Gurnee native Amanda Majeski plays a scheming would-be empress in Lyric Opera of Chicago's La Clemenza di Tito. (Photo courtesy of Lyric Opera of Chicago)

Gurnee native Amanda Majeski plays a scheming would-be empress in Lyric Opera of Chicago's La Clemenza di Tito. (Photo courtesy of Lyric Opera of Chicago)

Amanda Majeski once auditioned for Carmel High School's prestigious musical program, the Street Scene Student Show in Mundelein.

Rejected!

Gurnee native Amanda Majeski describes Vitellia, her character in the Lyric Opera of Chicago's production of Mozart's "La Clemenza di Tito," like this: "She's kind of a crazy character. She's kind of evil. There's a lot of anger and crazy gestures flying around the stage in raging moments. You must portray these physical moments while still singing beautifully." 

"My mom suggested I try some voice lessons," the Gurnee native said. "Try to train my voice or something for next year. We found a teacher, and she brought out these Italian songs, and it was very confusing. The more I studied with her, I liked singing more and more, and that encouraged me to think I could actually do this."

Yes, she can do this.

Through March 23, Majeski performs in the Lyric Opera of Chicago's production of Mozart's "La Clemenza di Tito." She plays Vitellia, the vengeful daughter of a deposed emperor and a woman with a plan to become the next empress.

"It's all so bizarre," Majeski said in a voice filled with unpretentious playfulness. "There is no one musical in my family. I grew up watching the Bulls play, watching the Bears and stuff. My parents loved athletics. My mom played basketball and volleyball. I thought I would go that route, or something like it."

Majeski began her showbiz career at 4 when she took lessons in ballet and tap. Later, during her high school years, Majeski gravitated toward chorus and singing.

She earned her bachelor's degree in vocal performance at Northwestern University, then picked up a graduate degree from Philadelphia's prestigious Curtis Institute of Music, a conservatory that selects its small student body on the basis of talent.

"It was amazing," Majeski said. "Because there are so few students, they pick the operas during the year based on who they have. They tailor everything to fit that group of students. I got tons of performance opportunities and real-life training. I wasn't sitting in a classroom the whole time."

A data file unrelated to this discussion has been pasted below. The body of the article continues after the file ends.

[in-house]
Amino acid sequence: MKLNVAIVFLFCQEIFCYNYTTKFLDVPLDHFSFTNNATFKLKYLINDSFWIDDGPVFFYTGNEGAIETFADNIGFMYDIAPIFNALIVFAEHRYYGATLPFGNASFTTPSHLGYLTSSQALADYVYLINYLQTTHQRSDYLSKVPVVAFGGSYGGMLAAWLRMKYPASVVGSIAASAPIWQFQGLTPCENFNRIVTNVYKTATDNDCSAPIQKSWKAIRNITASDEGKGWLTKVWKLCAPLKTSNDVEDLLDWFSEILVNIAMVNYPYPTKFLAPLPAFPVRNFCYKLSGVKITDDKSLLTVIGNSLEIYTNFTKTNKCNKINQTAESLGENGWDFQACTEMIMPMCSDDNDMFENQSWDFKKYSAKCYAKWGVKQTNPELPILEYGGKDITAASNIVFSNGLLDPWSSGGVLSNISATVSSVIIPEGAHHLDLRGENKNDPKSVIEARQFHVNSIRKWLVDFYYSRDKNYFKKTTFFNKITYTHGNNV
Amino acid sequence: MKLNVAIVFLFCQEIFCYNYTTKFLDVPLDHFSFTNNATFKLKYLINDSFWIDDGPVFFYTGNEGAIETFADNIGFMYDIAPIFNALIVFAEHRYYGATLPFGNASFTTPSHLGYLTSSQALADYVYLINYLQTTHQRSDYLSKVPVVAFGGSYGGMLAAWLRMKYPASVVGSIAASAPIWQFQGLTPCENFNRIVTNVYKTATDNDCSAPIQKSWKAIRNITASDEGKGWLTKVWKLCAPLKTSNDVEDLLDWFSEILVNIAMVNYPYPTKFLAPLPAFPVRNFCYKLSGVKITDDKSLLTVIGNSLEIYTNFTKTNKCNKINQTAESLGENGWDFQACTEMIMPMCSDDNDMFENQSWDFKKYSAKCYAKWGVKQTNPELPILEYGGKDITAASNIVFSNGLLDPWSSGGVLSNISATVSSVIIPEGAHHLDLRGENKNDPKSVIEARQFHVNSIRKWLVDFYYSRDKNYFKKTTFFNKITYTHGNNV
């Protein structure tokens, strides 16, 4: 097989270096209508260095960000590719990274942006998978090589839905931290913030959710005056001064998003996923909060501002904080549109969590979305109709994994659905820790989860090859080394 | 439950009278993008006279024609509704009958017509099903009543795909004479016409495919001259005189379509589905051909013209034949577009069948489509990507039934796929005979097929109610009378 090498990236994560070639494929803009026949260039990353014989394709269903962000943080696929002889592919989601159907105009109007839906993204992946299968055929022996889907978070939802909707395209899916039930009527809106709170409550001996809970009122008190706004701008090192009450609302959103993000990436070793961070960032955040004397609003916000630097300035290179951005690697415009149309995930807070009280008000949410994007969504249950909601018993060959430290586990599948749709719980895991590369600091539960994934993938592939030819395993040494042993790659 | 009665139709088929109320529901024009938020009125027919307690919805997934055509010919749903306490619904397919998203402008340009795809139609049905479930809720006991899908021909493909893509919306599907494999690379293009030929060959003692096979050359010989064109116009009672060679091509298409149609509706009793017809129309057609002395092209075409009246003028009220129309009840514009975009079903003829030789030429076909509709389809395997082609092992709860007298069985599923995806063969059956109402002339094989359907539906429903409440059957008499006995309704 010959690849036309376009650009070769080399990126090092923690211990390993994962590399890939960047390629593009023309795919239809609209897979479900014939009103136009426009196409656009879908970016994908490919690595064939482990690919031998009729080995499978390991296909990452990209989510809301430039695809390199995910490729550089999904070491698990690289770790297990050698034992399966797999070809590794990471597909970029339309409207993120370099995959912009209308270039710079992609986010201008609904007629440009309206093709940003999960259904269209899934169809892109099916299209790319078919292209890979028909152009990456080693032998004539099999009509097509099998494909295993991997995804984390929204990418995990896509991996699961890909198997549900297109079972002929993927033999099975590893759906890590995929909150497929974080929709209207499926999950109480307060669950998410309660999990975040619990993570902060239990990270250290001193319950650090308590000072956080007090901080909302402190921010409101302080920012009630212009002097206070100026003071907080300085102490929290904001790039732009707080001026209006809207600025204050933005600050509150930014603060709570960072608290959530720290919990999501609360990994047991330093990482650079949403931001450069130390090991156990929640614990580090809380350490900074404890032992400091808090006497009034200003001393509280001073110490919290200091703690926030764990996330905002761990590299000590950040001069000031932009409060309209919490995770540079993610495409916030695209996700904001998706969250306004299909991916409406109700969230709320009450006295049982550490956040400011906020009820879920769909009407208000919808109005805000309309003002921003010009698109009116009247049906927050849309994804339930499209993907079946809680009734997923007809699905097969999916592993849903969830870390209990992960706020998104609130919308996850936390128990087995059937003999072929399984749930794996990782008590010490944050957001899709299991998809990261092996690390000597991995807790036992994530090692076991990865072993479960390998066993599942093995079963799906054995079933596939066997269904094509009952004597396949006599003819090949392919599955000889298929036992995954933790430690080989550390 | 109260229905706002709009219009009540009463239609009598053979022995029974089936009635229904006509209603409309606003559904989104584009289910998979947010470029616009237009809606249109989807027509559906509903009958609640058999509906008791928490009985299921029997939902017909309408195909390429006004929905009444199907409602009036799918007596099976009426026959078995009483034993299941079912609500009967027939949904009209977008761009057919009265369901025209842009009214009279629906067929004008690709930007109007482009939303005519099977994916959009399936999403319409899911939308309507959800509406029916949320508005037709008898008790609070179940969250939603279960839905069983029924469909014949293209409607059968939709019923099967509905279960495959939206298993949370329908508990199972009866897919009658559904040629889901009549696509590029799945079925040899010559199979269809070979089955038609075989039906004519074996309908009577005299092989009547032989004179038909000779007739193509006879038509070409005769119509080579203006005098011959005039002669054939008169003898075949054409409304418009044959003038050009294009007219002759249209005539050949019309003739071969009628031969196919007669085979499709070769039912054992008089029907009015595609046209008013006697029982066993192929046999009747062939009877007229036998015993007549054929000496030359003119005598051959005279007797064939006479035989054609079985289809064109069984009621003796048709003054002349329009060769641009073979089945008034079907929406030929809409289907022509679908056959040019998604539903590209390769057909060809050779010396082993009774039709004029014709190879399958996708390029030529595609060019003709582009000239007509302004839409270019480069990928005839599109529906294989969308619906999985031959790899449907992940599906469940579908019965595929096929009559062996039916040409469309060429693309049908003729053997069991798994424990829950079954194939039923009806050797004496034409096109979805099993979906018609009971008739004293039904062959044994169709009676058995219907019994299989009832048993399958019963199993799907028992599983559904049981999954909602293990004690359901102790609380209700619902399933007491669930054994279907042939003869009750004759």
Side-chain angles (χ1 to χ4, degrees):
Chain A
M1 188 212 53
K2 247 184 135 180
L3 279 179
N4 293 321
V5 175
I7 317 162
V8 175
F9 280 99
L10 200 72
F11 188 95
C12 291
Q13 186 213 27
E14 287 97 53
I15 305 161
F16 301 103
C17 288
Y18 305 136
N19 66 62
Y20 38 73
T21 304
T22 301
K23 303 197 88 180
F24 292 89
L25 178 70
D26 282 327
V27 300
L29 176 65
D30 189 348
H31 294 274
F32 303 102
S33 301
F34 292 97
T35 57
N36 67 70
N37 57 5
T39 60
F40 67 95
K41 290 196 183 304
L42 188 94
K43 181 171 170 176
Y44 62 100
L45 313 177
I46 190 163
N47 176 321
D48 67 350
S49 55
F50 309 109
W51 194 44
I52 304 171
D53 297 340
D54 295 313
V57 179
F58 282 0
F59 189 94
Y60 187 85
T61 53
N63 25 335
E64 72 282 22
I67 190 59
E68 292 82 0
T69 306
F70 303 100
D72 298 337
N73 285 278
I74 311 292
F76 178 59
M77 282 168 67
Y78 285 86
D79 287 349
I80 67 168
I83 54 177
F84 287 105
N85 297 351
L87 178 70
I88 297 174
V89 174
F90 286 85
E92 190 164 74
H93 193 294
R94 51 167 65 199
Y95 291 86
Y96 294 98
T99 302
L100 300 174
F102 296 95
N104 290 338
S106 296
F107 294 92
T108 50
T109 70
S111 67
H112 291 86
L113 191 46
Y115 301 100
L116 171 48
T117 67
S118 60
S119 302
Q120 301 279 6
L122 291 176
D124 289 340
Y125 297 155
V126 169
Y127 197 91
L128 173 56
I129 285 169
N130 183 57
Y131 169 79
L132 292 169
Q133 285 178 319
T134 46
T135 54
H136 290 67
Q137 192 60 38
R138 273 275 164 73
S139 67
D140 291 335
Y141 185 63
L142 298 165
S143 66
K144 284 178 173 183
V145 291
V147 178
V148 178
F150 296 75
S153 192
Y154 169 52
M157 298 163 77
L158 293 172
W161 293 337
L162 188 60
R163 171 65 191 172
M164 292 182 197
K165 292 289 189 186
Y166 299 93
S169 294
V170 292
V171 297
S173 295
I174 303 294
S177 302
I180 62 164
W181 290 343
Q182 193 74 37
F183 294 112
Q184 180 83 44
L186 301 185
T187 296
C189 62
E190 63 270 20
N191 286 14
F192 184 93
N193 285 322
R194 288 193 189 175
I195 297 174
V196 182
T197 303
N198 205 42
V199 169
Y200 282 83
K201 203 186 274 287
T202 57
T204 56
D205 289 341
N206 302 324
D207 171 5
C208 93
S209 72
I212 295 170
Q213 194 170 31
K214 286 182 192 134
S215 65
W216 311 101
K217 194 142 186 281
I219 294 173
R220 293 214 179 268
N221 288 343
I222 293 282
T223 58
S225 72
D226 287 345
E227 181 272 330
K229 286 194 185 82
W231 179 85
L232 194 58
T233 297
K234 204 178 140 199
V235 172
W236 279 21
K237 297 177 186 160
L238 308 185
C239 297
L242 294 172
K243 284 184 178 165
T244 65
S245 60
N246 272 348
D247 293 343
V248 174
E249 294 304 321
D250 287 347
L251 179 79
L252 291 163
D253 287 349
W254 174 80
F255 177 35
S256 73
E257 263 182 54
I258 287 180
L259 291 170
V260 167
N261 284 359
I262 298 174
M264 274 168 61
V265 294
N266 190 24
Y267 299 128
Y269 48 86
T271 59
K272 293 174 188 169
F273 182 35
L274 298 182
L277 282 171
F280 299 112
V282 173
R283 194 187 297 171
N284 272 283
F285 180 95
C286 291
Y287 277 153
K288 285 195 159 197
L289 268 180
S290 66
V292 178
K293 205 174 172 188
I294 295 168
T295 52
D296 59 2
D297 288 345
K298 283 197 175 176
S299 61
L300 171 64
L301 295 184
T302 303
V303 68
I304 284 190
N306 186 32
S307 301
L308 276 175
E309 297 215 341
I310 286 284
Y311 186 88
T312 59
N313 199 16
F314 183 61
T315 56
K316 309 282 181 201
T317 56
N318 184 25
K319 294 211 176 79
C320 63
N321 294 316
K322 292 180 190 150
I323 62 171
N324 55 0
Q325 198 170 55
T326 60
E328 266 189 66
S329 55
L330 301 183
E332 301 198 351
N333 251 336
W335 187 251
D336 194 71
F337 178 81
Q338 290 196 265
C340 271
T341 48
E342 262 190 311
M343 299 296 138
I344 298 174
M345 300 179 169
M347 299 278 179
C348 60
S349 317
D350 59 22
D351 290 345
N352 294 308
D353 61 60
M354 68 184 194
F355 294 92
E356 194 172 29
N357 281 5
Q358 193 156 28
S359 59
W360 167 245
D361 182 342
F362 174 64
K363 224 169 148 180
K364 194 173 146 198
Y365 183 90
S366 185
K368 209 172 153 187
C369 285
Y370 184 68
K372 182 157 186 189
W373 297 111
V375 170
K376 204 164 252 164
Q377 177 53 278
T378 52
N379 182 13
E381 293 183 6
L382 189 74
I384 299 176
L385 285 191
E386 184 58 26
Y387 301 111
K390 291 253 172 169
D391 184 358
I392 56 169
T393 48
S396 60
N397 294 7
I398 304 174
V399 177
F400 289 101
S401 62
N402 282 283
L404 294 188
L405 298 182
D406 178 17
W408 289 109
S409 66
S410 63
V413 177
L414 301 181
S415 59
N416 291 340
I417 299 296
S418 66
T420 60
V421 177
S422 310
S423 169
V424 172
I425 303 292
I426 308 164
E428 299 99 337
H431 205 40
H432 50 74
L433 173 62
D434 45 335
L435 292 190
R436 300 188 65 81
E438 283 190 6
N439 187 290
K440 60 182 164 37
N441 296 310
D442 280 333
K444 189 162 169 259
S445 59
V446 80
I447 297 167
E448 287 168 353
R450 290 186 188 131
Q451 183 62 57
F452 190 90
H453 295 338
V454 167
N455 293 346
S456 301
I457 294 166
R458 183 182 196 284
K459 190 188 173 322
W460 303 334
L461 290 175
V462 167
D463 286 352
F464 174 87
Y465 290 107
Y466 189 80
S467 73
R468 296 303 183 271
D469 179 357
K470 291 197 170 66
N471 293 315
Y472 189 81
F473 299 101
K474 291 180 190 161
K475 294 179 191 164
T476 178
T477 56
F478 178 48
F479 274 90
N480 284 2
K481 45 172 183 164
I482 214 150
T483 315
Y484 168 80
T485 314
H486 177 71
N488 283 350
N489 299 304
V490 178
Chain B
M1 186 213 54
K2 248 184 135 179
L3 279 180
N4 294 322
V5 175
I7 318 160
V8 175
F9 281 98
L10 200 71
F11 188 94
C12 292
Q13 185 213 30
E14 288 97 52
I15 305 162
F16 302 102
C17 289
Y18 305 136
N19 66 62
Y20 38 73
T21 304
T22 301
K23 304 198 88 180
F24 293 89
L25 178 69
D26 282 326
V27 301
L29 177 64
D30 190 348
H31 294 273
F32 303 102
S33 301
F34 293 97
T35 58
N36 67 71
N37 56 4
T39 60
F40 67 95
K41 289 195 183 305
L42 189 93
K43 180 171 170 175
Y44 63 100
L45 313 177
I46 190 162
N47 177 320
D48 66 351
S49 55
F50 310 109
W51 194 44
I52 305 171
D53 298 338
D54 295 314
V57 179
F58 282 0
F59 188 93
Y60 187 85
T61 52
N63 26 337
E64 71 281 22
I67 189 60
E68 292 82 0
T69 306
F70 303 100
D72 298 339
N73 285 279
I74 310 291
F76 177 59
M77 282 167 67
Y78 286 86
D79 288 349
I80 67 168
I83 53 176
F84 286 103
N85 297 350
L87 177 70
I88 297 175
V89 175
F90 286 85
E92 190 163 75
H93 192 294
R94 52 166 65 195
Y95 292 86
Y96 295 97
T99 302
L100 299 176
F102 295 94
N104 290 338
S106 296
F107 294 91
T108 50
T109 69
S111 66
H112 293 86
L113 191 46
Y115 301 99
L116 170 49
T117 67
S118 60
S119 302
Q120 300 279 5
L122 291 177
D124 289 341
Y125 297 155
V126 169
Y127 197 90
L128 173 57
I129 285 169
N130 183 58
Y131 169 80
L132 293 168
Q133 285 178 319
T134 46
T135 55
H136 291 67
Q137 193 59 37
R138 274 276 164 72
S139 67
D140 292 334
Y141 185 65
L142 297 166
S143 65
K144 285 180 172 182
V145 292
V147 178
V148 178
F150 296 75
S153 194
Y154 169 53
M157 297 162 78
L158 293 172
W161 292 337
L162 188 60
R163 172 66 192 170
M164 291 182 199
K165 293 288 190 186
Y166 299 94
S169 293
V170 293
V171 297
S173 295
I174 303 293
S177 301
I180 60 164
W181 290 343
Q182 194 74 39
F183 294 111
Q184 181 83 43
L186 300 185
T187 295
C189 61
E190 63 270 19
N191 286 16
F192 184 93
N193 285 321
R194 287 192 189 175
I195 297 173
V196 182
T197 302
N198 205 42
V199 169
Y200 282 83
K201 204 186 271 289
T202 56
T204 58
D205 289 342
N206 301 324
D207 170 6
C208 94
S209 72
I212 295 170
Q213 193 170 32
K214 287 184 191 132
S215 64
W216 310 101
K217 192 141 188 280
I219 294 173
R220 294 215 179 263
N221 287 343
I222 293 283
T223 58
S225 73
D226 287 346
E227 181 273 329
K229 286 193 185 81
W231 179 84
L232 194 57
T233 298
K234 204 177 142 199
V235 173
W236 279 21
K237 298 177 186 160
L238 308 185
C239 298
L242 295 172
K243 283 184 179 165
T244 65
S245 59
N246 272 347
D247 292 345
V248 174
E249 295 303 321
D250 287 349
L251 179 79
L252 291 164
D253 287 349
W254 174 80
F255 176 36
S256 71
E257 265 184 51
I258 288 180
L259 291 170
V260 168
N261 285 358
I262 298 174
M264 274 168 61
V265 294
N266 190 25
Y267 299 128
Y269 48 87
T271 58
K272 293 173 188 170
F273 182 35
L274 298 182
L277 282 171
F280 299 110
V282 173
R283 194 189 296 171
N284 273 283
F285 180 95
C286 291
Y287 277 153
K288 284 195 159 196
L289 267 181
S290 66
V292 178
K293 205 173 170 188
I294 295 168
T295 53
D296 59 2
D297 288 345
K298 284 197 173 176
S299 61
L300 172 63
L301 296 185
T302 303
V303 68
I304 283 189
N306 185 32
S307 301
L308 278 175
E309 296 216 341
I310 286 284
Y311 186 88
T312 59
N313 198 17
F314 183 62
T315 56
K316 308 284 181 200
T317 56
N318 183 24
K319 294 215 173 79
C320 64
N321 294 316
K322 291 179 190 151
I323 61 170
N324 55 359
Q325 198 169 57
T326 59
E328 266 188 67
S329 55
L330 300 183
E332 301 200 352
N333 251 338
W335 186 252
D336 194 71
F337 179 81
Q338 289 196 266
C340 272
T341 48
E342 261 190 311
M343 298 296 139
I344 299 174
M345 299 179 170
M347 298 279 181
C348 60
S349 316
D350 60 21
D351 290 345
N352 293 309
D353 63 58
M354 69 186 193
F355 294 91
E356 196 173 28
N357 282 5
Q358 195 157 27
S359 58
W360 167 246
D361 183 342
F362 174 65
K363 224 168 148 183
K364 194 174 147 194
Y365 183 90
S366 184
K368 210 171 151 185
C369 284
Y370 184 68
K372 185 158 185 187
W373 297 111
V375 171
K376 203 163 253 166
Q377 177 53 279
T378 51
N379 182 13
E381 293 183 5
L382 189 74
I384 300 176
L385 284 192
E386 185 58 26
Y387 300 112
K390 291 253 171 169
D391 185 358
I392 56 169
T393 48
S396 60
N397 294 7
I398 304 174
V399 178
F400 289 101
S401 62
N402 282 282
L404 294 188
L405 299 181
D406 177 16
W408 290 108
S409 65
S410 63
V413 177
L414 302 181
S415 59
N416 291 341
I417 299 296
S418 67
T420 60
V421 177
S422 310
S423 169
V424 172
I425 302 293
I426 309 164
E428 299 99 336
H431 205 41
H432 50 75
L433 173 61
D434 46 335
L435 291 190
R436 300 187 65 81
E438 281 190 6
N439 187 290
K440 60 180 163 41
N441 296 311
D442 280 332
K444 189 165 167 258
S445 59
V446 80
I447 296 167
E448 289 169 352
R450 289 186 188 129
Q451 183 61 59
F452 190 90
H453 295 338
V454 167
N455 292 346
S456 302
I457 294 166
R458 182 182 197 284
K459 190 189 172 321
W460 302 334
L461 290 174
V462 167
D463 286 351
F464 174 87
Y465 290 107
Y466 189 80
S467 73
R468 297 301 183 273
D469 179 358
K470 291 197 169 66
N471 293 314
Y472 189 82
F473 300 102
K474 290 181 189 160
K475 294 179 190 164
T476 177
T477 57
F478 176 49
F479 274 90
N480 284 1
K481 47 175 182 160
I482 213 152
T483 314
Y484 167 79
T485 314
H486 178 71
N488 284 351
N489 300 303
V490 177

Plus, the Curtis Institute of Music charges no tuition.

"Yeah, my parents were so thrilled," Majeski said.

So, how talented can Majeski be? Let's check what the critics say:

• "Her crystalline voice offers a powerful, almost jugendlich dramatische design, but also capable of warm, lyrical tones ..." -- Friedeon Rosen of Der Neue Merker.

• " ... a rich, resonant soprano." -- Laura Battle of the Financial Times.

• "American lyric soprano Amanda Majeski is rapidly garnering acclaim from audiences and critics alike for her portrayal of some of opera's most famous heroines in both the U.S. and Europe ... a genuine tour-de-force." -- carnegiehall.org.

Majeski admitted her evolution from Gurnee native to international opera star didn't happen overnight.

"It wasn't like I had an 'a-ha!' moment," she said. "As I studied the music, I just fell in love with it. The more I learned, the more I loved.

"As I was working on my voice, I really enjoyed that process of working on things, spending time in the practice room, improving, then getting out there and doing it. It all came gradually and I didn't want to let it go."

Majeski has traveled all over the world, singing in many languages. But she does have a favorite.

"I actually like German a lot," she said. "I spend a good amount of time singing in Germany. I feel like I understand that language the best. It's fun to sing. It has a lot of crazy consonants. You can really dig into the text and meaning behind it."

The soprano meets lots of people from all over the globe. So we had to ask her our standard question: What makes Chicagoans different from other people she meets?

"They're the warmest," she replied. "Everyone is so friendly and open and welcoming and happy! It sets Chicago apart."

In fact, Majeski met her husband, singer Sam Handley, while at the Lyric's Ryan Opera Center here in Chicago.

"I have a great job and get to see great parts of the world I would have never otherwise have seen," she said. "I love what I do."

But surely, there must be some drawbacks to being an opera star. Anything?

"Stage fright," she said. "Yeah, yeah, for sure. Managing the nerves. Doing everything to put them aside to focus on the music."

Any solutions?

"Yeah, exercise really helps," she said. "Doing a little exercise every day helps, especially on the day of the performance. Routine helps, too. I really like routine. Like a Jimmy John's sandwich. Having a routine of stuff to do really helps with stage fright."

"They treated me wonderfully in Dresden. I got to sing a lot of performances and I didn't have time to get scared!"

Regardless of where her burgeoning career takes her, her abiding loyalty always will be to the Lyric, the Chicago-based singer said. Earlier this month, she celebrated the first anniversary of her wedding to bass-baritone Sam Handley, a fellow graduate of the Ryan Center.

"It's the best feeling in the world to come home and sing," Majeski said. "It's just so great to have family and friends and a life here in the city, in addition to performing in this incredible theater. It's truly the best of both worlds."

 

Posted
AuthorBeth Stewart